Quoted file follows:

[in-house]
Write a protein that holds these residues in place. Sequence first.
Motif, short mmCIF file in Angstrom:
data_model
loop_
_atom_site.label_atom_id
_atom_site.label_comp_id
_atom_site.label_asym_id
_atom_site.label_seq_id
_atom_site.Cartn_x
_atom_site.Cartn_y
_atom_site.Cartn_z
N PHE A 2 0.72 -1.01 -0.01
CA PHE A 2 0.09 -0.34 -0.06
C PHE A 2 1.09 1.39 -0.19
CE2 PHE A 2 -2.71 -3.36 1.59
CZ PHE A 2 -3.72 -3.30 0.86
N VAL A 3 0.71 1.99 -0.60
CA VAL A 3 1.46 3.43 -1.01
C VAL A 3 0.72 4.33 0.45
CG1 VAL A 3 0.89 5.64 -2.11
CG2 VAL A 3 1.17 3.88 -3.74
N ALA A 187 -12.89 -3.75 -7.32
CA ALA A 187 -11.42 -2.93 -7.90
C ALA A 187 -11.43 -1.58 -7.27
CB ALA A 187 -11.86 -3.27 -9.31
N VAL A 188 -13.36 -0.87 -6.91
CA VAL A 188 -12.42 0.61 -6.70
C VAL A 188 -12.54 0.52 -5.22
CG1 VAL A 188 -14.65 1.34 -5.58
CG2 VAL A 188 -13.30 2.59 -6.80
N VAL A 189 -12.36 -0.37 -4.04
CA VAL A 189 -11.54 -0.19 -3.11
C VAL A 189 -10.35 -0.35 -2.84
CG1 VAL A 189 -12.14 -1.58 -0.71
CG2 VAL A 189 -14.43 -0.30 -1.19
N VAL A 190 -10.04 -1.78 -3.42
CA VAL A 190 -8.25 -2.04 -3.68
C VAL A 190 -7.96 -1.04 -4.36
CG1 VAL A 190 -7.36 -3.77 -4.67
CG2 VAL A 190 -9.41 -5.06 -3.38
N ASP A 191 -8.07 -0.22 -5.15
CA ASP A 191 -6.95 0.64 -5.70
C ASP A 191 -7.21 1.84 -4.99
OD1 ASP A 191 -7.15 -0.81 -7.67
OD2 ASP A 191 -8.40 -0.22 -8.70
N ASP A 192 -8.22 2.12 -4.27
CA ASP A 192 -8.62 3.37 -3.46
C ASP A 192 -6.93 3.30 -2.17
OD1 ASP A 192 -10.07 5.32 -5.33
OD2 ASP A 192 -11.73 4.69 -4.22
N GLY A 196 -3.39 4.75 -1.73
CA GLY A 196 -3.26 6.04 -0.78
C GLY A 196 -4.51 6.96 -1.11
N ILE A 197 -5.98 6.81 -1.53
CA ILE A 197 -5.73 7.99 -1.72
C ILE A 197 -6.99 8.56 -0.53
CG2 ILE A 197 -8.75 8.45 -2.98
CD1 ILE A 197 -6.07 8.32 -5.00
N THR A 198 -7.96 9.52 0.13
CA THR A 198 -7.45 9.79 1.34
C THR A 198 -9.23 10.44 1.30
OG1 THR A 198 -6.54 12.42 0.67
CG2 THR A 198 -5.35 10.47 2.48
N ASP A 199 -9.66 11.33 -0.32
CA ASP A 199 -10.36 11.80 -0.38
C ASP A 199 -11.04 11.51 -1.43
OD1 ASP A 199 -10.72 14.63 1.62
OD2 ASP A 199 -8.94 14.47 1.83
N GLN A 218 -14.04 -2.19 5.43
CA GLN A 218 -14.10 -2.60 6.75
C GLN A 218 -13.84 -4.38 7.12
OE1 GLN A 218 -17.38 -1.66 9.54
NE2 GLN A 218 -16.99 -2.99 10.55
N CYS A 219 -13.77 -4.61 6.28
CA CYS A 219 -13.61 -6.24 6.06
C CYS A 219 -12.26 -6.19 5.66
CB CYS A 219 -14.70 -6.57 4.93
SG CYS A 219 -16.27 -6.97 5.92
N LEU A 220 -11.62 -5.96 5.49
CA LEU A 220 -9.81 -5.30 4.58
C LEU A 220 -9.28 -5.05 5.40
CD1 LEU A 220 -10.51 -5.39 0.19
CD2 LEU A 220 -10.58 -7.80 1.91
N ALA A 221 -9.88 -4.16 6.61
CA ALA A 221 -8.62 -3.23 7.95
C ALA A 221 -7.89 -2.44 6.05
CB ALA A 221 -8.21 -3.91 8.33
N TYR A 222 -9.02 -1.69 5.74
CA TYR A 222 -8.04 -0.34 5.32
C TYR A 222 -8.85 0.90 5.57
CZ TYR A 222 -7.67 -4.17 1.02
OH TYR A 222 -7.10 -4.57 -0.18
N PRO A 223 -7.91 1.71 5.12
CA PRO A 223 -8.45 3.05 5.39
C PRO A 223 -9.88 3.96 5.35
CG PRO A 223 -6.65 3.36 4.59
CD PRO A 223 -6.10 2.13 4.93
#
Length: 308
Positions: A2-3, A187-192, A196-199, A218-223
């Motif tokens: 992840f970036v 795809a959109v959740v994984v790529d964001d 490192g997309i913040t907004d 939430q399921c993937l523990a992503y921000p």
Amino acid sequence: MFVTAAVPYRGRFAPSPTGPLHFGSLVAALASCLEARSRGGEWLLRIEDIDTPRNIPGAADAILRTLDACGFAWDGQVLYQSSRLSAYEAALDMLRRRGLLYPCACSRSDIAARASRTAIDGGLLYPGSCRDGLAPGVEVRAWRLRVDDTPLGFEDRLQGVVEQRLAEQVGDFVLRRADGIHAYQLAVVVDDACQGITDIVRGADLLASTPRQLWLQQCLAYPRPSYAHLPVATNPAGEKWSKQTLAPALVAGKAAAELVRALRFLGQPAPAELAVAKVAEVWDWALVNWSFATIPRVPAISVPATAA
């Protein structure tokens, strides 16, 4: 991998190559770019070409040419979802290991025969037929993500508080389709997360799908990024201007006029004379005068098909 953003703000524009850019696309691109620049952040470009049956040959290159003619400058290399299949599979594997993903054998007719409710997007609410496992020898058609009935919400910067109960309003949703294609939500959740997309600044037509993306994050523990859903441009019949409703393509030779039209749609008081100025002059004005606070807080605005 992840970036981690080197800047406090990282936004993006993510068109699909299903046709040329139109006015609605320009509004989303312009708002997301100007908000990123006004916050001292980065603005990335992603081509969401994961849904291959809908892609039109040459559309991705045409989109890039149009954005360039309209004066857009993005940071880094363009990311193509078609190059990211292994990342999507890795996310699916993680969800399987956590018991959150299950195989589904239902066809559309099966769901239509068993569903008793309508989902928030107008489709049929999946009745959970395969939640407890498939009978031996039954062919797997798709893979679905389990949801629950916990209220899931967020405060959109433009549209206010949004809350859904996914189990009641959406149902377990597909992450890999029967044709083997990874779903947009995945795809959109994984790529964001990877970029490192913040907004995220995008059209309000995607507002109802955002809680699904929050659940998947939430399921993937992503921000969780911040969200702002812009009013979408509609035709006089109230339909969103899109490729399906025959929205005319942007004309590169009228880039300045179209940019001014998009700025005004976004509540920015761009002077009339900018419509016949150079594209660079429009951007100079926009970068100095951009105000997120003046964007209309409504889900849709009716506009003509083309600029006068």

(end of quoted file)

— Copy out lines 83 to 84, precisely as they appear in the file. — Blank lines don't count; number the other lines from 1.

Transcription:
CD1 LEU A 220 -10.51 -5.39 0.19
CD2 LEU A 220 -10.58 -7.80 1.91